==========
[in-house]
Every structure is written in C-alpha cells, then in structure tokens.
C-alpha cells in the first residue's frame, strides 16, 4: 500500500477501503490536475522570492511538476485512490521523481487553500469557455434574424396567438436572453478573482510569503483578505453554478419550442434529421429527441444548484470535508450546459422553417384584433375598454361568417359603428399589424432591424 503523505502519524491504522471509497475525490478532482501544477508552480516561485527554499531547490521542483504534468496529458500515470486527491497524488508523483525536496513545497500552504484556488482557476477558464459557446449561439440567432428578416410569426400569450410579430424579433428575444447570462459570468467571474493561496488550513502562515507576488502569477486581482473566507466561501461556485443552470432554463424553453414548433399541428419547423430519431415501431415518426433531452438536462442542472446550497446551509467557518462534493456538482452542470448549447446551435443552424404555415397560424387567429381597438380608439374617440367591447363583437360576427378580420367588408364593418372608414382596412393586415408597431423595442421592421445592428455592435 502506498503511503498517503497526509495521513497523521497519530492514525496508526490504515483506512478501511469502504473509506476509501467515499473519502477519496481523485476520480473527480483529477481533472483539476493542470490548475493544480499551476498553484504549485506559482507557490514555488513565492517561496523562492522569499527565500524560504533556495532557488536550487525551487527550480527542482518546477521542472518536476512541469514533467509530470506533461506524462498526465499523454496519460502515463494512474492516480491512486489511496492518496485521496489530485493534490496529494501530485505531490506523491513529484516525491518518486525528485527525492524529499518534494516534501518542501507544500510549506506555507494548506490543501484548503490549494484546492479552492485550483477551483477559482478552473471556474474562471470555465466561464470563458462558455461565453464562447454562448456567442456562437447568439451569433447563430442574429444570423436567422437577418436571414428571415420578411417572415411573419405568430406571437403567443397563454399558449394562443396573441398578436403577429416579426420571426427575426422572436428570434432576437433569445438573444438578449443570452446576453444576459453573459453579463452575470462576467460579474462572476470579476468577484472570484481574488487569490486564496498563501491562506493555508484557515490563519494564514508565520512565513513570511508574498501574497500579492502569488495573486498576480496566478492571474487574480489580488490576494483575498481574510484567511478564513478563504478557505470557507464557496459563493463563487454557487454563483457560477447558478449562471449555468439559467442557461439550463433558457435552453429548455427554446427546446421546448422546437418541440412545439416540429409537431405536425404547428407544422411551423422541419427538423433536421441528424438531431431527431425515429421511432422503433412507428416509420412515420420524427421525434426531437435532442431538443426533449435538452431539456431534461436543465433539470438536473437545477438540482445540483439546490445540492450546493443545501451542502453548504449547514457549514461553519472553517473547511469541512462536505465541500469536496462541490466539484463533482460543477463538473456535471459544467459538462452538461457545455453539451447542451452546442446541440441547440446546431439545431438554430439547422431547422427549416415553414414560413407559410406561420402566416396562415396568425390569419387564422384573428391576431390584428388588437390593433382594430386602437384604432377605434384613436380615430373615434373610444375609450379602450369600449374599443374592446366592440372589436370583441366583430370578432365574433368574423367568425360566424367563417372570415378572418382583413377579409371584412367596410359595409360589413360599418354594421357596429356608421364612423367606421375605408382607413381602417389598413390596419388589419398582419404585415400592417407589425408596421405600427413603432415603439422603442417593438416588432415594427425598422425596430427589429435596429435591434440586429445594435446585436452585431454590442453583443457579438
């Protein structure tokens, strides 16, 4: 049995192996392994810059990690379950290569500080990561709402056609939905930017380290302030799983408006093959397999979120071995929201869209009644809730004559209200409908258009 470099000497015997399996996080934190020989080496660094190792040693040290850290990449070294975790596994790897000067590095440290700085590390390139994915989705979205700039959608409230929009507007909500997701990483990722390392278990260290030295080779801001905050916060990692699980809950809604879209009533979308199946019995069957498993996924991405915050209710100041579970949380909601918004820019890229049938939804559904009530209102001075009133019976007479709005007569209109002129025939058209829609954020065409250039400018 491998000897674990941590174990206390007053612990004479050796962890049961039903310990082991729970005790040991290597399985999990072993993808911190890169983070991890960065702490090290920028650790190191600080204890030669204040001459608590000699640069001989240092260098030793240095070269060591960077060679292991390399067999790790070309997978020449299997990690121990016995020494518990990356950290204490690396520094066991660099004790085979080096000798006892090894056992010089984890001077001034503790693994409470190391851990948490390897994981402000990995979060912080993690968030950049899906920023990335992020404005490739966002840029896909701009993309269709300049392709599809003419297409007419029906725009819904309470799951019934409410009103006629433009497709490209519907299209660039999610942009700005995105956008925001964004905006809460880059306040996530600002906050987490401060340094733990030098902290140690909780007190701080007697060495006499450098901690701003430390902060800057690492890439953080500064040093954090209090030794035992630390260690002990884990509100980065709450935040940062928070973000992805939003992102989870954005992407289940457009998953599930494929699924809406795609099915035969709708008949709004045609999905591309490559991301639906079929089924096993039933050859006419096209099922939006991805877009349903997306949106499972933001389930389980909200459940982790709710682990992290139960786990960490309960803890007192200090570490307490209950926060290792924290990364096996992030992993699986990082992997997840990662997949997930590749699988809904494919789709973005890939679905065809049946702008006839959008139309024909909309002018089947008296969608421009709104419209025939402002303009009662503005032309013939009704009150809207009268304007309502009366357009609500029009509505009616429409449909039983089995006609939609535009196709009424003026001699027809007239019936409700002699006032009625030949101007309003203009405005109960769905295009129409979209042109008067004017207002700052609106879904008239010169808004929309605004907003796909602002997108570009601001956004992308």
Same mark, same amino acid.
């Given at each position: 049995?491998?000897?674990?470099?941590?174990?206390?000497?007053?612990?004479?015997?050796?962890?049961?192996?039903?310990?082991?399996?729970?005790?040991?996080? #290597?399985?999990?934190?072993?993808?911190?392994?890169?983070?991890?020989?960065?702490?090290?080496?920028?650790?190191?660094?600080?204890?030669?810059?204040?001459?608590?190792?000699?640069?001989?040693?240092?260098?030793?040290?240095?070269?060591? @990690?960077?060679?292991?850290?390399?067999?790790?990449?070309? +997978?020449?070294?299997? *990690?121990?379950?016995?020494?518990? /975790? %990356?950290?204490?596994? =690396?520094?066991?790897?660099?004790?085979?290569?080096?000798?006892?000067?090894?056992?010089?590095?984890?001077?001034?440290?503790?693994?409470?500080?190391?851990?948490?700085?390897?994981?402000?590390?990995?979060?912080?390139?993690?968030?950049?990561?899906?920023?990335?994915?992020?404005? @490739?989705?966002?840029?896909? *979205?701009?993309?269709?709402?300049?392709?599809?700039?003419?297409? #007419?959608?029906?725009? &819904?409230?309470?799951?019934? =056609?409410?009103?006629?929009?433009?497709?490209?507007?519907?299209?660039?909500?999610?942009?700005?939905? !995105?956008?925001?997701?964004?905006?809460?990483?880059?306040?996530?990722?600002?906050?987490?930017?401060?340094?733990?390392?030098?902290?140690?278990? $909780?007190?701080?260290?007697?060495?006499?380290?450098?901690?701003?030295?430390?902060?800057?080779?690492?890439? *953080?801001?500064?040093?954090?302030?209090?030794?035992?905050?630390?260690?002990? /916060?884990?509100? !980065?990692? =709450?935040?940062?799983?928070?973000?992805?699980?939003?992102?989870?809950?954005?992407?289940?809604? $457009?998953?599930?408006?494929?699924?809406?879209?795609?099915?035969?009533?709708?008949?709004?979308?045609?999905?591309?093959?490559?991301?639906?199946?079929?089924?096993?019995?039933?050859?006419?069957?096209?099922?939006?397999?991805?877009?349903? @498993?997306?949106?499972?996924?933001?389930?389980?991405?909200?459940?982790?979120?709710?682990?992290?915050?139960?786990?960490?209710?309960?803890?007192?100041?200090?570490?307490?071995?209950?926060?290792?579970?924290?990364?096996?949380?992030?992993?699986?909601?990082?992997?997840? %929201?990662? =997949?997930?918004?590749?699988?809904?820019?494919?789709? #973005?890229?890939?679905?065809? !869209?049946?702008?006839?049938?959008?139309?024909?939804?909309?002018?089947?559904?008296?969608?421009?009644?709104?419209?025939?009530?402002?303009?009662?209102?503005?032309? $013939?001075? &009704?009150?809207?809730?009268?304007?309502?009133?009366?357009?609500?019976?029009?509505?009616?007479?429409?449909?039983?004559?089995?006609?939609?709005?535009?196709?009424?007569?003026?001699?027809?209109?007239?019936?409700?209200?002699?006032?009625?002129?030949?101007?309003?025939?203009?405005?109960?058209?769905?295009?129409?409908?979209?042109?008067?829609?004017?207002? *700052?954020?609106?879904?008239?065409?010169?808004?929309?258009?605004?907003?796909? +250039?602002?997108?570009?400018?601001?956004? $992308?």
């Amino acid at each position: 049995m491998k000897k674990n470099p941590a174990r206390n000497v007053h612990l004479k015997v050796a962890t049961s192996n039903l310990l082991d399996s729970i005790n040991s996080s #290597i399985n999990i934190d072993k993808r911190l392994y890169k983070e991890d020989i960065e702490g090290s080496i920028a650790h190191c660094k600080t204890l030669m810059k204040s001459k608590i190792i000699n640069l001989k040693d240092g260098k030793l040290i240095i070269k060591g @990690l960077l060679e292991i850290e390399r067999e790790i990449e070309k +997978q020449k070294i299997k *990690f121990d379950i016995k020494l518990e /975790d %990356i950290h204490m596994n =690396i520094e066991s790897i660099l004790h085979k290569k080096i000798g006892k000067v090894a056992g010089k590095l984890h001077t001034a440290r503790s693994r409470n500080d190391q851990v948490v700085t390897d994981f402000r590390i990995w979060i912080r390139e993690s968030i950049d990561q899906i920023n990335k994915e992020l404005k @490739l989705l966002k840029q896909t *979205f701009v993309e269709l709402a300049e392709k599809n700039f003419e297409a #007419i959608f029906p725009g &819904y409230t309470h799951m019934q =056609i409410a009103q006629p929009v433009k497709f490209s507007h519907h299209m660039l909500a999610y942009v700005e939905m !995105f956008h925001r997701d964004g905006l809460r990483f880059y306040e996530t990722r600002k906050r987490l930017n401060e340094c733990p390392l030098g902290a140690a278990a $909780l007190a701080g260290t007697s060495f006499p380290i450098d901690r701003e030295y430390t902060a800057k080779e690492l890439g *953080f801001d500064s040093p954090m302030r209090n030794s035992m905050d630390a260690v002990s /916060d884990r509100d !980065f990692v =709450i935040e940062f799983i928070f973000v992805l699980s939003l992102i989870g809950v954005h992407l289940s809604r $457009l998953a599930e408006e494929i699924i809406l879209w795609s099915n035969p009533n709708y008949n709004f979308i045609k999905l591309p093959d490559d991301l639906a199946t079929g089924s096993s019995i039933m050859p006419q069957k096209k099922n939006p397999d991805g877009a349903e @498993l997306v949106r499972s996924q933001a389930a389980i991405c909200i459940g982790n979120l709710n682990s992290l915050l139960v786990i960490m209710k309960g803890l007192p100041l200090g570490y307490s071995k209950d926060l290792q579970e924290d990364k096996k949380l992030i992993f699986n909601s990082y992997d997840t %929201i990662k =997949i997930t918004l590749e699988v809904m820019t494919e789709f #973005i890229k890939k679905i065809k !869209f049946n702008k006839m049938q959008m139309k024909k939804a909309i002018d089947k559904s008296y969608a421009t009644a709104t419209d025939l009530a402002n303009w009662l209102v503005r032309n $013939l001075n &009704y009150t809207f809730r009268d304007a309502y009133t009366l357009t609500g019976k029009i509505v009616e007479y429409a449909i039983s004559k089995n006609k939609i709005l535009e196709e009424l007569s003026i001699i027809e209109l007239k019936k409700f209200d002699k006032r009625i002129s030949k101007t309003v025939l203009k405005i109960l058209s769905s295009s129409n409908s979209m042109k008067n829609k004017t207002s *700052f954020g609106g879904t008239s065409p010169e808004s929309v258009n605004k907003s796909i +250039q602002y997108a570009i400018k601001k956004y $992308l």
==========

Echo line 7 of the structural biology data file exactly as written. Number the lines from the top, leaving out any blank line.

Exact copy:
């Amino acid at each position: 049995m491998k000897k674990n470099p941590a174990r206390n000497v007053h612990l004479k015997v050796a962890t049961s192996n039903l310990l082991d399996s729970i005790n040991s996080s #290597i399985n999990i934190d072993k993808r911190l392994y890169k983070e991890d020989i960065e702490g090290s080496i920028a650790h190191c660094k600080t204890l030669m810059k204040s001459k608590i190792i000699n640069l001989k040693d240092g260098k030793l040290i240095i070269k060591g @990690l960077l060679e292991i850290e390399r067999e790790i990449e070309k +997978q020449k070294i299997k *990690f121990d379950i016995k020494l518990e /975790d %990356i950290h204490m596994n =690396i520094e066991s790897i660099l004790h085979k290569k080096i000798g006892k000067v090894a056992g010089k590095l984890h001077t001034a440290r503790s693994r409470n500080d190391q851990v948490v700085t390897d994981f402000r590390i990995w979060i912080r390139e993690s968030i950049d990561q899906i920023n990335k994915e992020l404005k @490739l989705l966002k840029q896909t *979205f701009v993309e269709l709402a300049e392709k599809n700039f003419e297409a #007419i959608f029906p725009g &819904y409230t309470h799951m019934q =056609i409410a009103q006629p929009v433009k497709f490209s507007h519907h299209m660039l909500a999610y942009v700005e939905m !995105f956008h925001r997701d964004g905006l809460r990483f880059y306040e996530t990722r600002k906050r987490l930017n401060e340094c733990p390392l030098g902290a140690a278990a $909780l007190a701080g260290t007697s060495f006499p380290i450098d901690r701003e030295y430390t902060a800057k080779e690492l890439g *953080f801001d500064s040093p954090m302030r209090n030794s035992m905050d630390a260690v002990s /916060d884990r509100d !980065f990692v =709450i935040e940062f799983i928070f973000v992805l699980s939003l992102i989870g809950v954005h992407l289940s809604r $457009l998953a599930e408006e494929i699924i809406l879209w795609s099915n035969p009533n709708y008949n709004f979308i045609k999905l591309p093959d490559d991301l639906a199946t079929g089924s096993s019995i039933m050859p006419q069957k096209k099922n939006p397999d991805g877009a349903e @498993l997306v949106r499972s996924q933001a389930a389980i991405c909200i459940g982790n979120l709710n682990s992290l915050l139960v786990i960490m209710k309960g803890l007192p100041l200090g570490y307490s071995k209950d926060l290792q579970e924290d990364k096996k949380l992030i992993f699986n909601s990082y992997d997840t %929201i990662k =997949i997930t918004l590749e699988v809904m820019t494919e789709f #973005i890229k890939k679905i065809k !869209f049946n702008k006839m049938q959008m139309k024909k939804a909309i002018d089947k559904s008296y969608a421009t009644a709104t419209d025939l009530a402002n303009w009662l209102v503005r032309n $013939l001075n &009704y009150t809207f809730r009268d304007a309502y009133t009366l357009t609500g019976k029009i509505v009616e007479y429409a449909i039983s004559k089995n006609k939609i709005l535009e196709e009424l007569s003026i001699i027809e209109l007239k019936k409700f209200d002699k006032r009625i002129s030949k101007t309003v025939l203009k405005i109960l058209s769905s295009s129409n409908s979209m042109k008067n829609k004017t207002s *700052f954020g609106g879904t008239s065409p010169e808004s929309v258009n605004k907003s796909i +250039q602002y997108a570009i400018k601001k956004y $992308l």